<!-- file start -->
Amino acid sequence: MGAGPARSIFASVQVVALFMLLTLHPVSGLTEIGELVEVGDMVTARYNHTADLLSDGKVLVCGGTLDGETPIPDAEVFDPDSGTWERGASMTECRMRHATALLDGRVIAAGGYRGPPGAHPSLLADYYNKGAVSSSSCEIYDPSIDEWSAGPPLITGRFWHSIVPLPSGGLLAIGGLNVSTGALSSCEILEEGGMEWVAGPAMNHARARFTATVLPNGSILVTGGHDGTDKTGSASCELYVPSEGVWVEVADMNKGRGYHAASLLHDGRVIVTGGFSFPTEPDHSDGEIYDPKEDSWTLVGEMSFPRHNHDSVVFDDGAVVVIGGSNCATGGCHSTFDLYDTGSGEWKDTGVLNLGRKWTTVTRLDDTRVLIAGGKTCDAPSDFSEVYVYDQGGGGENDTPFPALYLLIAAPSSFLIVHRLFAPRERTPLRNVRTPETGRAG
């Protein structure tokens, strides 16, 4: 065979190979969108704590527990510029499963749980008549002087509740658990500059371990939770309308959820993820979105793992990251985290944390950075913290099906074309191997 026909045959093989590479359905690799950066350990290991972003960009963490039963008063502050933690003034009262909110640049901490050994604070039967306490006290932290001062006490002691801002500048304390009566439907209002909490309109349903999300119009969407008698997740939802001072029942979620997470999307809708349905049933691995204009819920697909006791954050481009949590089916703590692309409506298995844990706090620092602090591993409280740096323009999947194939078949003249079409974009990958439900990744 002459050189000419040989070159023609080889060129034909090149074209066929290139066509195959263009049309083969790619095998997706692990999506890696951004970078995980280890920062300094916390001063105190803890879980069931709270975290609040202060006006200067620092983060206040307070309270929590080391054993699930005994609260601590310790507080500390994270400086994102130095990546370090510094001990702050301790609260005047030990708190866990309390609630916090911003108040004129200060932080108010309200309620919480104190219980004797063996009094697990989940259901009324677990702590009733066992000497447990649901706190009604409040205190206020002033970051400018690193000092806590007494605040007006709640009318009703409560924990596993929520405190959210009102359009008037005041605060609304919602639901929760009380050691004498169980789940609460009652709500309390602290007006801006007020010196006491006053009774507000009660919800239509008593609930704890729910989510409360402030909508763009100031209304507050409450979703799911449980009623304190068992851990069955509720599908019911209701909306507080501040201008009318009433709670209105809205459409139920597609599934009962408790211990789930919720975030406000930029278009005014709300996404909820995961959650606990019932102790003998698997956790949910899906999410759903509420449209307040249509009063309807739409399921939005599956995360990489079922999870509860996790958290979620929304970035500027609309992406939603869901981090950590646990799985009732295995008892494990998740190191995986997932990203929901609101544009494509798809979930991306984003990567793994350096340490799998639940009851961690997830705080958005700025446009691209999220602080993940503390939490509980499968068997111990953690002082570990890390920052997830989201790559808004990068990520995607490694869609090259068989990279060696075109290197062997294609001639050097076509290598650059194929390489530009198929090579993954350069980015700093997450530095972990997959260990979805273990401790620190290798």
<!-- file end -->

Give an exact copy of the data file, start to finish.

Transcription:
Amino acid sequence: MGAGPARSIFASVQVVALFMLLTLHPVSGLTEIGELVEVGDMVTARYNHTADLLSDGKVLVCGGTLDGETPIPDAEVFDPDSGTWERGASMTECRMRHATALLDGRVIAAGGYRGPPGAHPSLLADYYNKGAVSSSSCEIYDPSIDEWSAGPPLITGRFWHSIVPLPSGGLLAIGGLNVSTGALSSCEILEEGGMEWVAGPAMNHARARFTATVLPNGSILVTGGHDGTDKTGSASCELYVPSEGVWVEVADMNKGRGYHAASLLHDGRVIVTGGFSFPTEPDHSDGEIYDPKEDSWTLVGEMSFPRHNHDSVVFDDGAVVVIGGSNCATGGCHSTFDLYDTGSGEWKDTGVLNLGRKWTTVTRLDDTRVLIAGGKTCDAPSDFSEVYVYDQGGGGENDTPFPALYLLIAAPSSFLIVHRLFAPRERTPLRNVRTPETGRAG
């Protein structure tokens, strides 16, 4: 065979190979969108704590527990510029499963749980008549002087509740658990500059371990939770309308959820993820979105793992990251985290944390950075913290099906074309191997 026909045959093989590479359905690799950066350990290991972003960009963490039963008063502050933690003034009262909110640049901490050994604070039967306490006290932290001062006490002691801002500048304390009566439907209002909490309109349903999300119009969407008698997740939802001072029942979620997470999307809708349905049933691995204009819920697909006791954050481009949590089916703590692309409506298995844990706090620092602090591993409280740096323009999947194939078949003249079409974009990958439900990744 002459050189000419040989070159023609080889060129034909090149074209066929290139066509195959263009049309083969790619095998997706692990999506890696951004970078995980280890920062300094916390001063105190803890879980069931709270975290609040202060006006200067620092983060206040307070309270929590080391054993699930005994609260601590310790507080500390994270400086994102130095990546370090510094001990702050301790609260005047030990708190866990309390609630916090911003108040004129200060932080108010309200309620919480104190219980004797063996009094697990989940259901009324677990702590009733066992000497447990649901706190009604409040205190206020002033970051400018690193000092806590007494605040007006709640009318009703409560924990596993929520405190959210009102359009008037005041605060609304919602639901929760009380050691004498169980789940609460009652709500309390602290007006801006007020010196006491006053009774507000009660919800239509008593609930704890729910989510409360402030909508763009100031209304507050409450979703799911449980009623304190068992851990069955509720599908019911209701909306507080501040201008009318009433709670209105809205459409139920597609599934009962408790211990789930919720975030406000930029278009005014709300996404909820995961959650606990019932102790003998698997956790949910899906999410759903509420449209307040249509009063309807739409399921939005599956995360990489079922999870509860996790958290979620929304970035500027609309992406939603869901981090950590646990799985009732295995008892494990998740190191995986997932990203929901609101544009494509798809979930991306984003990567793994350096340490799998639940009851961690997830705080958005700025446009691209999220602080993940503390939490509980499968068997111990953690002082570990890390920052997830989201790559808004990068990520995607490694869609090259068989990279060696075109290197062997294609001639050097076509290598650059194929390489530009198929090579993954350069980015700093997450530095972990997959260990979805273990401790620190290798």